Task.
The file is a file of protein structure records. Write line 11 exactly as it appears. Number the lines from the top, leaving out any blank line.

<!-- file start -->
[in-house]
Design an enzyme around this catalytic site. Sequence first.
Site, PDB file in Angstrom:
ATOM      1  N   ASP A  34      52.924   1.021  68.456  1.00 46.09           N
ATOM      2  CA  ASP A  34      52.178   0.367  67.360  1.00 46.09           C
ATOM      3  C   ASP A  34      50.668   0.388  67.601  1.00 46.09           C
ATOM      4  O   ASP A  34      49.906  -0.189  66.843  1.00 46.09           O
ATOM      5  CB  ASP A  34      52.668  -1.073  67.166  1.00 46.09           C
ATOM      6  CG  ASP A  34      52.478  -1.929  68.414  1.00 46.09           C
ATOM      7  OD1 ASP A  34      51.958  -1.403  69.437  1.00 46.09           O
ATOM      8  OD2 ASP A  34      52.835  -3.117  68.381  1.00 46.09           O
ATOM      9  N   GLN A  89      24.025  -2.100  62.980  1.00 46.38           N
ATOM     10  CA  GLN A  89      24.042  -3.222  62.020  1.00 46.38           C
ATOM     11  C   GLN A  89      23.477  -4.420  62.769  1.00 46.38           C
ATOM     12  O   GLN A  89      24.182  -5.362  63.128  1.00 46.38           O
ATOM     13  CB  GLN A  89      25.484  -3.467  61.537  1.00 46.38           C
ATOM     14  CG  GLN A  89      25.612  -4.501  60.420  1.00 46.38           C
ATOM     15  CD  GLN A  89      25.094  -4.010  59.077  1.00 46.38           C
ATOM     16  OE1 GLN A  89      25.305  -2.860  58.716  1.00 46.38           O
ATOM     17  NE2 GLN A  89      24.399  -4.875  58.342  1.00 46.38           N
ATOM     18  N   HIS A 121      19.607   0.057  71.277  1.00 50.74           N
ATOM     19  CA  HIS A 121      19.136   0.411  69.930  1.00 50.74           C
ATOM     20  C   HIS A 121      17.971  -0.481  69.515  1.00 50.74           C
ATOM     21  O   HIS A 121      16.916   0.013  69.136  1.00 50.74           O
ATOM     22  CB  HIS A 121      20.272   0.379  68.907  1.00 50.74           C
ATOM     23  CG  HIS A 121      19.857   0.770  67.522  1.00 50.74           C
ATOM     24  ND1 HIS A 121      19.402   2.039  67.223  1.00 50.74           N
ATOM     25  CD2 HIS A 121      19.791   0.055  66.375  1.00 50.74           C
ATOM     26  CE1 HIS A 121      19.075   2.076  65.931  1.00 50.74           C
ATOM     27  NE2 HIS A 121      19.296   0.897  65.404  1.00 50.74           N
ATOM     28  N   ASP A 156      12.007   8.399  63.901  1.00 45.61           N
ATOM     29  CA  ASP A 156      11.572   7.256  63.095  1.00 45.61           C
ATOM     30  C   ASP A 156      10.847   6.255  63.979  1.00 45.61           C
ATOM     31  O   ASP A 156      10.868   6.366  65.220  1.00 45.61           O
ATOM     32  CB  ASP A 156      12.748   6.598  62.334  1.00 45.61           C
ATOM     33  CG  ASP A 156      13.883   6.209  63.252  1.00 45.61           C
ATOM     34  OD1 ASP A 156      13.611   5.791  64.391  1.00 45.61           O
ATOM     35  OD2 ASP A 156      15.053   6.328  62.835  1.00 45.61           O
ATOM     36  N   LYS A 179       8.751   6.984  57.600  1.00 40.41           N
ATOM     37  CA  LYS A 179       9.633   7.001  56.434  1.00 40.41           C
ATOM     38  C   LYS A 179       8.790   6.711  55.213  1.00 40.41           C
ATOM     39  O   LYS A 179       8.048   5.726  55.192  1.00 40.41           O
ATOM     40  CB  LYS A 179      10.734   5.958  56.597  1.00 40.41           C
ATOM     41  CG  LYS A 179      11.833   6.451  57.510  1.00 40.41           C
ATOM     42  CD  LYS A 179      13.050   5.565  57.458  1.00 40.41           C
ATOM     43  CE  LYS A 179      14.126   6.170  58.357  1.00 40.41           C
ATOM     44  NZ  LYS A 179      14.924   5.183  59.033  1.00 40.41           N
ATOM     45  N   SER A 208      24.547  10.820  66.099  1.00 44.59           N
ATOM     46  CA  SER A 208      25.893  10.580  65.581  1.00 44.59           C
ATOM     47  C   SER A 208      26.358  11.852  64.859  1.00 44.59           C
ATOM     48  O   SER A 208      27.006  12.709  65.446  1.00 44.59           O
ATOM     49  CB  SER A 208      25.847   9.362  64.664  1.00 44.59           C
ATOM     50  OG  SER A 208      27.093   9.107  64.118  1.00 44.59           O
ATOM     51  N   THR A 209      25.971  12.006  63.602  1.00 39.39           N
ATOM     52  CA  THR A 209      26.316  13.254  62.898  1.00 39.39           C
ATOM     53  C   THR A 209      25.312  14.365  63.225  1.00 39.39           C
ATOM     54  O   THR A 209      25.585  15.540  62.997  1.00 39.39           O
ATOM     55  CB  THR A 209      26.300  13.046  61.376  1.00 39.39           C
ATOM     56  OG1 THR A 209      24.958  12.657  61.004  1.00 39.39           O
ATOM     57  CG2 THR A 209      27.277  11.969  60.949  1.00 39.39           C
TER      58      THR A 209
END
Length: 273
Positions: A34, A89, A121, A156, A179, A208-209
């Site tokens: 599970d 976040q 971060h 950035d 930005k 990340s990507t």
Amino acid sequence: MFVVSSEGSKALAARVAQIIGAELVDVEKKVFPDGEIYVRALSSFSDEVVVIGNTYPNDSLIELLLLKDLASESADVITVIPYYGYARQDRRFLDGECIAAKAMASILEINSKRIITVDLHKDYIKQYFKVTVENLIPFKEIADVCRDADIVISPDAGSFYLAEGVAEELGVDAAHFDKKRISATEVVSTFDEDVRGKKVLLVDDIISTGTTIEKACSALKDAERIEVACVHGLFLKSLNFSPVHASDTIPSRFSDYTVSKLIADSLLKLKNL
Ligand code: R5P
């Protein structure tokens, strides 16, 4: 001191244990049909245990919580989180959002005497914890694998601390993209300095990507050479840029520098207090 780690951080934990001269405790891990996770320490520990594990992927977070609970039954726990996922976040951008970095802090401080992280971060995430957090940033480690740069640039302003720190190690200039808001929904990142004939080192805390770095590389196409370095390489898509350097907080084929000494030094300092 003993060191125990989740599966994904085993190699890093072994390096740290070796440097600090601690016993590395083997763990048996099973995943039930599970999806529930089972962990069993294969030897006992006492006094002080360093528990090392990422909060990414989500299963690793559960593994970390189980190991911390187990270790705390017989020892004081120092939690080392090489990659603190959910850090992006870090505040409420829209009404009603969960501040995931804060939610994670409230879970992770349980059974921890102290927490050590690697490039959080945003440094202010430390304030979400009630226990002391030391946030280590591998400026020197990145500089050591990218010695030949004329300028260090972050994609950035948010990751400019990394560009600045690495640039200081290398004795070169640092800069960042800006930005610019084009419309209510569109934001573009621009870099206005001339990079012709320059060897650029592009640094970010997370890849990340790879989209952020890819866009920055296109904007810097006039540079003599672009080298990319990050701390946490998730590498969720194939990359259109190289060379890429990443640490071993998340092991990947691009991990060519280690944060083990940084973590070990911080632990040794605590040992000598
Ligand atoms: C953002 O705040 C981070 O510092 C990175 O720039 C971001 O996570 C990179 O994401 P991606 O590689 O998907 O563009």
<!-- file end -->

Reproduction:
ATOM      8  OD2 ASP A  34      52.835  -3.117  68.381  1.00 46.09           O